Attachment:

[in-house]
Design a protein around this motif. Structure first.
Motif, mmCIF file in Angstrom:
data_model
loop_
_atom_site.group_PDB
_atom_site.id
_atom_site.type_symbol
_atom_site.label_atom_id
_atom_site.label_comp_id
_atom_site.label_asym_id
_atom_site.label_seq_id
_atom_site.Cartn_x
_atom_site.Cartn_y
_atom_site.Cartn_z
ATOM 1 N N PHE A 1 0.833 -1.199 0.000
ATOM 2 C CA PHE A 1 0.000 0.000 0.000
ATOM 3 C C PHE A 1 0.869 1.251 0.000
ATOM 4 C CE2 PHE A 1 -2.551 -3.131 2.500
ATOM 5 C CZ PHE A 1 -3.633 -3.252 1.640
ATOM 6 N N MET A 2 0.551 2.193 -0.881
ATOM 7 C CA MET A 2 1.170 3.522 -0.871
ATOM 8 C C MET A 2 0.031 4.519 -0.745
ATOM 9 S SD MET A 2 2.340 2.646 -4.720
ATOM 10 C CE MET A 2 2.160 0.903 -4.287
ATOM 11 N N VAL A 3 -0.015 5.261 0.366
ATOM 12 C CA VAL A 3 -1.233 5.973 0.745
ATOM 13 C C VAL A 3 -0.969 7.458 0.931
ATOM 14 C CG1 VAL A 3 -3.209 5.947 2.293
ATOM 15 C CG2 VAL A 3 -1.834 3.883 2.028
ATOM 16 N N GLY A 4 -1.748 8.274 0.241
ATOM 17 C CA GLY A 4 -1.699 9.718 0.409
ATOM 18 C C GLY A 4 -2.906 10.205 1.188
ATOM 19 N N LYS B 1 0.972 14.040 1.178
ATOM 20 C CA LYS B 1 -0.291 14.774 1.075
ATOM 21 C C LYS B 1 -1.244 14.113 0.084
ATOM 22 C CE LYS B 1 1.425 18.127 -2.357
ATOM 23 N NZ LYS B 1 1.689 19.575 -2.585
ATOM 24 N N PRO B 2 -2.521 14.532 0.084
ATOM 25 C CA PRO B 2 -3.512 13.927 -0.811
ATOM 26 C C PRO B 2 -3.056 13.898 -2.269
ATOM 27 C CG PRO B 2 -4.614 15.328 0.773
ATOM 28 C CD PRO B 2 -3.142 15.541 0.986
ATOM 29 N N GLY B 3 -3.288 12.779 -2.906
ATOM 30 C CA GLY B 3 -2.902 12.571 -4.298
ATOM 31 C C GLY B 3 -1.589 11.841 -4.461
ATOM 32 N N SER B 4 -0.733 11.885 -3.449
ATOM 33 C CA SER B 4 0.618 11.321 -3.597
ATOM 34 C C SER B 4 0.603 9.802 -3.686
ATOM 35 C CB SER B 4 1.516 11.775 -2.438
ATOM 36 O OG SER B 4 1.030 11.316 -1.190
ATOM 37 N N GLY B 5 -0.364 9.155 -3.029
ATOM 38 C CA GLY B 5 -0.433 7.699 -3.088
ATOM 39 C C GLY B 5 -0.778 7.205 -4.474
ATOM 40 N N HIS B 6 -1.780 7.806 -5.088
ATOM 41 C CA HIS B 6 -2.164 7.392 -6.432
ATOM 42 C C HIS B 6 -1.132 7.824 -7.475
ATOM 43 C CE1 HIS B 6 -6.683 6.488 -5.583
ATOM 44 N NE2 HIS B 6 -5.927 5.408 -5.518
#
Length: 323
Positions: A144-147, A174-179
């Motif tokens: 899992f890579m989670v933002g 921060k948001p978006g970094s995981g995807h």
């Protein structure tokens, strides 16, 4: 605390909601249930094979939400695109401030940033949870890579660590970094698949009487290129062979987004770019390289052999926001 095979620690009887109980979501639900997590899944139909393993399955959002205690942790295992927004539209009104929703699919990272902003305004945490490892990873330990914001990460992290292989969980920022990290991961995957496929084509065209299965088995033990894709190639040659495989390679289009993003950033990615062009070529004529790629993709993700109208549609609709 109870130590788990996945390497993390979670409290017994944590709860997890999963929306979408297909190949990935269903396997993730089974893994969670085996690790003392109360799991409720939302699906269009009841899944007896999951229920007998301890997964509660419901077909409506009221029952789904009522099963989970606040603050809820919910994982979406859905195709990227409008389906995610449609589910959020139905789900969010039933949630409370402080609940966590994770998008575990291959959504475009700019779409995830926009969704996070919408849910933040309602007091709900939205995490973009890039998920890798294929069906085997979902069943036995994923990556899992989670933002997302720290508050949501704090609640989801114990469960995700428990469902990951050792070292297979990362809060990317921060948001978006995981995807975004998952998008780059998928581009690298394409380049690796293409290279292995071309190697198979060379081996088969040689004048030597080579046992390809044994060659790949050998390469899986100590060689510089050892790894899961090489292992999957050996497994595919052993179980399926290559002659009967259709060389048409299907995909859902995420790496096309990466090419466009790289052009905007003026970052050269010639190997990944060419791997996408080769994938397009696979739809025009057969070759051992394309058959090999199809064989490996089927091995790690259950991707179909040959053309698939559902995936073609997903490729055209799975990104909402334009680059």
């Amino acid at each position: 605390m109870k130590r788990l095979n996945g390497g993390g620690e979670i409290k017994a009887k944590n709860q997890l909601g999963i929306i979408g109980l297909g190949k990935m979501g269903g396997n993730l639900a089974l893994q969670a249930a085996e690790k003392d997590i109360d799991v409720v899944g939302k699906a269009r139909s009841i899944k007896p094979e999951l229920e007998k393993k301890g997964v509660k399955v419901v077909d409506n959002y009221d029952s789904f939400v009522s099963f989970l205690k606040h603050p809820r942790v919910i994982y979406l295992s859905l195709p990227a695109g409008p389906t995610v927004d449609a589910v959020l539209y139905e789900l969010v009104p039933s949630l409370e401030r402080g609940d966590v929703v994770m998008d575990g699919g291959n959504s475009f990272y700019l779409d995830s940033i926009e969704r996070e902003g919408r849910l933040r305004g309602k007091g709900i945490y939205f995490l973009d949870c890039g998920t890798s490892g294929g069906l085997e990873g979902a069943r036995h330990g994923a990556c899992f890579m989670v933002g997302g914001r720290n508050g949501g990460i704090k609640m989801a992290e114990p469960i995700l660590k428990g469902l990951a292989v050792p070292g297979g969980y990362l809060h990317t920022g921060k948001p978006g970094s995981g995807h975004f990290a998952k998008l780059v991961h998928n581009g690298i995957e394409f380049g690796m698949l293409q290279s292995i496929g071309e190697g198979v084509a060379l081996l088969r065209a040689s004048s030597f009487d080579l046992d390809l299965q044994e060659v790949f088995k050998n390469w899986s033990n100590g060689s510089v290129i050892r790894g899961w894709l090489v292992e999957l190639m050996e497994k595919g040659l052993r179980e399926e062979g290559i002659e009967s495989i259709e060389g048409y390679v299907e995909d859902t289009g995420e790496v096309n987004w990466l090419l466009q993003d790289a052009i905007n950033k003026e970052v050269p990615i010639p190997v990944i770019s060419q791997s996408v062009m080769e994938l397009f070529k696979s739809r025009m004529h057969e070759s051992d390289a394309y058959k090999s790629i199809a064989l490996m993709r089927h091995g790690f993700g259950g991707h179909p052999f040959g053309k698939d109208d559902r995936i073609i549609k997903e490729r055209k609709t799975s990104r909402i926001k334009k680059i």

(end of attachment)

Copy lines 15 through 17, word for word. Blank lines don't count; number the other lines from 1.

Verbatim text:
_atom_site.Cartn_z
ATOM 1 N N PHE A 1 0.833 -1.199 0.000
ATOM 2 C CA PHE A 1 0.000 0.000 0.000